Govt launches Digital Crop Survey for Better Sowing Data Collection

The government has launched the new survey in 12 states on a pilot basis; it has been developed as an open source, open standard, and interoperable public good.

The Central Government has initiated a digital crop survey on a pilot basis in 12 states during the Kharif season of this year to enhance the collection of accurate sowing data. The Kharif season refers to the monsoon season cropping.

The Union Agriculture Minister Narendra Singh Tomar informed the Lok Sabha in a written reply that the pilot on Digital Crop Survey (DCS) was launched in the 12 states from Kharif 2023. The Digital Crop Survey reference application has been developed as an open source, open standard, and interoperable public good.

Tomar further stated that the survey utilizes geo-referenced cadastral maps with Geographic Information System (GIS) and Global Positioning System (GPS) Technologies to precisely identify the farmland positions.

The 12 states chosen for the pilot Digital Crop Survey are Madhya Pradesh, Karnataka, Telangana, Andhra Pradesh, Uttar Pradesh, Rajasthan, Tamil Nadu, Maharashtra, Odisha, Assam, and Telangana. The selection was based on their preparedness, considering prerequisites like geo-referencing of village maps and digitized Record of Right (RoR) with ownership extent.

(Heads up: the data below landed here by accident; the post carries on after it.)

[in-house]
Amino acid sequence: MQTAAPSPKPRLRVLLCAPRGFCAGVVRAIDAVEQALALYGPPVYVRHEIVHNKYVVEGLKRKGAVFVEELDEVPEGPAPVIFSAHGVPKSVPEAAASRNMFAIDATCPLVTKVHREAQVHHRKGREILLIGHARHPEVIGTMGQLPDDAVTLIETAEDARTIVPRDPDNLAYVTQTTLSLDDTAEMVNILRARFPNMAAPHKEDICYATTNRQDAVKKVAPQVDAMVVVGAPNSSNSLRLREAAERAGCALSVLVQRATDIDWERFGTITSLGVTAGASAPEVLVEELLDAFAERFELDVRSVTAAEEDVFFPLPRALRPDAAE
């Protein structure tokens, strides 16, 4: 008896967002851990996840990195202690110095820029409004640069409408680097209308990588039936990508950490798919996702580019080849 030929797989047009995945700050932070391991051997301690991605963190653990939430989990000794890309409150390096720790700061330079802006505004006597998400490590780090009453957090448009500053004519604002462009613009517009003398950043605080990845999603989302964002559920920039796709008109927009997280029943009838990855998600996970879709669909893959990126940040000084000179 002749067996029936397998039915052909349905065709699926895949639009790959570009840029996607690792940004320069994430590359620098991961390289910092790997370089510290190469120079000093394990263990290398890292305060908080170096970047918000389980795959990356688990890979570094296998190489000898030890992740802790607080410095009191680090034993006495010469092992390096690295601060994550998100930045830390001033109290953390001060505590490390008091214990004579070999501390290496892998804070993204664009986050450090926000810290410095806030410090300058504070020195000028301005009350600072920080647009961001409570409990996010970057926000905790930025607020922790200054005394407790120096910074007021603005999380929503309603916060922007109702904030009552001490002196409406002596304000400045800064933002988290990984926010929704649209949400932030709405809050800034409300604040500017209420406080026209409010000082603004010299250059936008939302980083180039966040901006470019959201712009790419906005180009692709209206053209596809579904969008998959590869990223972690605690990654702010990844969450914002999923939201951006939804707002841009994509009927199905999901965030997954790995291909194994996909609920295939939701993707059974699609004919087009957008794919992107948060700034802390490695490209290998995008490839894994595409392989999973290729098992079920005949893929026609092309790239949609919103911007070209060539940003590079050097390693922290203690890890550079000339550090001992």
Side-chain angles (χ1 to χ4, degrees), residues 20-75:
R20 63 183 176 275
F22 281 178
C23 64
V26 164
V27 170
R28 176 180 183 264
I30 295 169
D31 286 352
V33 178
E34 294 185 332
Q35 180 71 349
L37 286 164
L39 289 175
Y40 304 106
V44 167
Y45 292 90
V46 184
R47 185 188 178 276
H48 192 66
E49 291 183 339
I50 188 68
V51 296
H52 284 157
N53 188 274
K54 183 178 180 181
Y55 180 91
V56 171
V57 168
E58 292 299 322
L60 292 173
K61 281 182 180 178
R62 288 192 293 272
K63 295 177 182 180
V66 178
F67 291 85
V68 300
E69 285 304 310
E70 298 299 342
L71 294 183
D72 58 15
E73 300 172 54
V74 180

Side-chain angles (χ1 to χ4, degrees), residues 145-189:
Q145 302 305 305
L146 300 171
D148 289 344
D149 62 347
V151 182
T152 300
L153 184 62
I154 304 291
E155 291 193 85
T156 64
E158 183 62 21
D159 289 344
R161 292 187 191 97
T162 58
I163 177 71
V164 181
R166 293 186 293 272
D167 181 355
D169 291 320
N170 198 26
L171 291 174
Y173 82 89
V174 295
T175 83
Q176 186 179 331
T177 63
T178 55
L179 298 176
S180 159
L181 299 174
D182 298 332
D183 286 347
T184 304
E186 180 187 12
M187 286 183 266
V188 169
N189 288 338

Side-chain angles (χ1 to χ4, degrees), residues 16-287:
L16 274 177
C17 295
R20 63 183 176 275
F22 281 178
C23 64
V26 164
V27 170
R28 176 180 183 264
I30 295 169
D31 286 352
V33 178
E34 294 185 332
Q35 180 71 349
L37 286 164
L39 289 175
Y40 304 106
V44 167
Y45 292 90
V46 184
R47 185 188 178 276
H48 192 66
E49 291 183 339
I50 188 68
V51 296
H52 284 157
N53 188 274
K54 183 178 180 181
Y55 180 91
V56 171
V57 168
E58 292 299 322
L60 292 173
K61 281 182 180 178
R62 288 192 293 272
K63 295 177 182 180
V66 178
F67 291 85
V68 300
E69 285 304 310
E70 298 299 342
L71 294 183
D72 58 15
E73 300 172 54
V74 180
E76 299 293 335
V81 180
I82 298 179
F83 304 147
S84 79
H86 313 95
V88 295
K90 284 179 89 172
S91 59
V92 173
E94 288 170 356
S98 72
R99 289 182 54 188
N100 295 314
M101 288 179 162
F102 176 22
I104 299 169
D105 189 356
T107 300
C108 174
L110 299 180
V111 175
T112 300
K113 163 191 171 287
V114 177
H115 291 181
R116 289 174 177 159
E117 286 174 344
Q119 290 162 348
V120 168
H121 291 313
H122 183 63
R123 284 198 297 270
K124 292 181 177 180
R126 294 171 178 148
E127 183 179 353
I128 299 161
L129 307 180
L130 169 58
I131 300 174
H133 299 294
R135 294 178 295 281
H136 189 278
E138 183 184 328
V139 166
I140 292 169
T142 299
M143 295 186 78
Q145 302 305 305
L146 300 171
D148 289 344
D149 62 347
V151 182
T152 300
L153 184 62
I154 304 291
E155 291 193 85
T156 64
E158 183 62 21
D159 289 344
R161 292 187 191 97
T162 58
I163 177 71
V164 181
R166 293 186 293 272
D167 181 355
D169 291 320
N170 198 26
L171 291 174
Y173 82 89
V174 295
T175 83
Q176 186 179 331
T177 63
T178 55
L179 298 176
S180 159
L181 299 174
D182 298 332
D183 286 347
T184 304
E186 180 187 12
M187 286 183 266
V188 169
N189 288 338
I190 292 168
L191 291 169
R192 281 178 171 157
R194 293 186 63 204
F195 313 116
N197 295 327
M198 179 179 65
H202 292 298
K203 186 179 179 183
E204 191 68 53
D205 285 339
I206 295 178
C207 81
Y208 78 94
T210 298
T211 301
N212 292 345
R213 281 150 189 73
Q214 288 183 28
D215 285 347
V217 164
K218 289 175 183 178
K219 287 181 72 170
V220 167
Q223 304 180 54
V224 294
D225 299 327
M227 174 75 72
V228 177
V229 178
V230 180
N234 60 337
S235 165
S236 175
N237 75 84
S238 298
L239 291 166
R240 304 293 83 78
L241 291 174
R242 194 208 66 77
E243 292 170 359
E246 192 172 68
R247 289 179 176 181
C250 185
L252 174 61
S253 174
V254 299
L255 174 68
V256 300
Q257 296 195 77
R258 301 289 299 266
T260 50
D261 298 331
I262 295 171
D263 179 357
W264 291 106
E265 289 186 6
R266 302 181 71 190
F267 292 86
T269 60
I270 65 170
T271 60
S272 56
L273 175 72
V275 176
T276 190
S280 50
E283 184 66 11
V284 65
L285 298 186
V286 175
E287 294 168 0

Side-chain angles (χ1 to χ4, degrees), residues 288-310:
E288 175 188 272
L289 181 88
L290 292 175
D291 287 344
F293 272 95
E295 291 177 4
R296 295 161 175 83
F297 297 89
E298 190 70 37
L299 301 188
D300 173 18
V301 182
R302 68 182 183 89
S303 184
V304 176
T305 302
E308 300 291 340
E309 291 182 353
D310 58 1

The main objective of the Digital Crop Survey project is to establish a single and reliable source of truth regarding crop sown data. This will be valuable for accurate crop area estimation and the development of farmer-centric solutions, according to Tomar.

The minister said – in connection with Digital Crop Survey – that the Indian Space Research Organisation (ISRO) has launched Resourcesat-2A, Radar Imaging Satellite (RISAT) 1A (Earth Observation Satellite-04) in polar orbits, and Indian National Satellite (INSAT) 3D, INSAT-3DR in geostationary orbits. The objective of ISRO is to support various agricultural activities, such as assessing the total area under cultivation, damage from natural calamities and disease attacks, and providing agro-meteorological services across India.

The use of technology is expected to augment the government efforts to get real time and accurate sowing data so that would help the food security of the country. Presently, the government is solely dependent on village-level surveys. The government officials and agricultural extension workers collect data at the village level through surveys. These surveys may include information about the crops being sown, the area under cultivation, types of crops, and other relevant details.

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